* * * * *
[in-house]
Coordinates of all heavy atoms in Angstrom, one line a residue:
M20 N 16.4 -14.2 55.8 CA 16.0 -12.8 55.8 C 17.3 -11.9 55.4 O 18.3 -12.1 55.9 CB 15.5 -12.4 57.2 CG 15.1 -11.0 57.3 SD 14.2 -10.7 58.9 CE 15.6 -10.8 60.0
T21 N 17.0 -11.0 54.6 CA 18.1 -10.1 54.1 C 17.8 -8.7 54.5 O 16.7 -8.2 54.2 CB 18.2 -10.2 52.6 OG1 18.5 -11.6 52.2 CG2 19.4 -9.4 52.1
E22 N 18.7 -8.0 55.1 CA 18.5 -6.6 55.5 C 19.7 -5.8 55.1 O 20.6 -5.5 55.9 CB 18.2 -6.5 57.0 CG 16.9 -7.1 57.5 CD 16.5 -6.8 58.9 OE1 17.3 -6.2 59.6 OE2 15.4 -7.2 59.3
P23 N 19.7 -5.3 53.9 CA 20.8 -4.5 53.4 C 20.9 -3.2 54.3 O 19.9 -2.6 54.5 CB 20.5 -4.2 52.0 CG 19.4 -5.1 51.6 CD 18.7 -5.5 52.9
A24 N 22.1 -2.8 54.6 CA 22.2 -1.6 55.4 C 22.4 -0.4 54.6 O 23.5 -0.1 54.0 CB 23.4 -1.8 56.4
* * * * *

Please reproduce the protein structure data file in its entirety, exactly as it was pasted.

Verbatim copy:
[in-house]
Coordinates of all heavy atoms in Angstrom, one line a residue:
M20 N 16.4 -14.2 55.8 CA 16.0 -12.8 55.8 C 17.3 -11.9 55.4 O 18.3 -12.1 55.9 CB 15.5 -12.4 57.2 CG 15.1 -11.0 57.3 SD 14.2 -10.7 58.9 CE 15.6 -10.8 60.0
T21 N 17.0 -11.0 54.6 CA 18.1 -10.1 54.1 C 17.8 -8.7 54.5 O 16.7 -8.2 54.2 CB 18.2 -10.2 52.6 OG1 18.5 -11.6 52.2 CG2 19.4 -9.4 52.1
E22 N 18.7 -8.0 55.1 CA 18.5 -6.6 55.5 C 19.7 -5.8 55.1 O 20.6 -5.5 55.9 CB 18.2 -6.5 57.0 CG 16.9 -7.1 57.5 CD 16.5 -6.8 58.9 OE1 17.3 -6.2 59.6 OE2 15.4 -7.2 59.3
P23 N 19.7 -5.3 53.9 CA 20.8 -4.5 53.4 C 20.9 -3.2 54.3 O 19.9 -2.6 54.5 CB 20.5 -4.2 52.0 CG 19.4 -5.1 51.6 CD 18.7 -5.5 52.9
A24 N 22.1 -2.8 54.6 CA 22.2 -1.6 55.4 C 22.4 -0.4 54.6 O 23.5 -0.1 54.0 CB 23.4 -1.8 56.4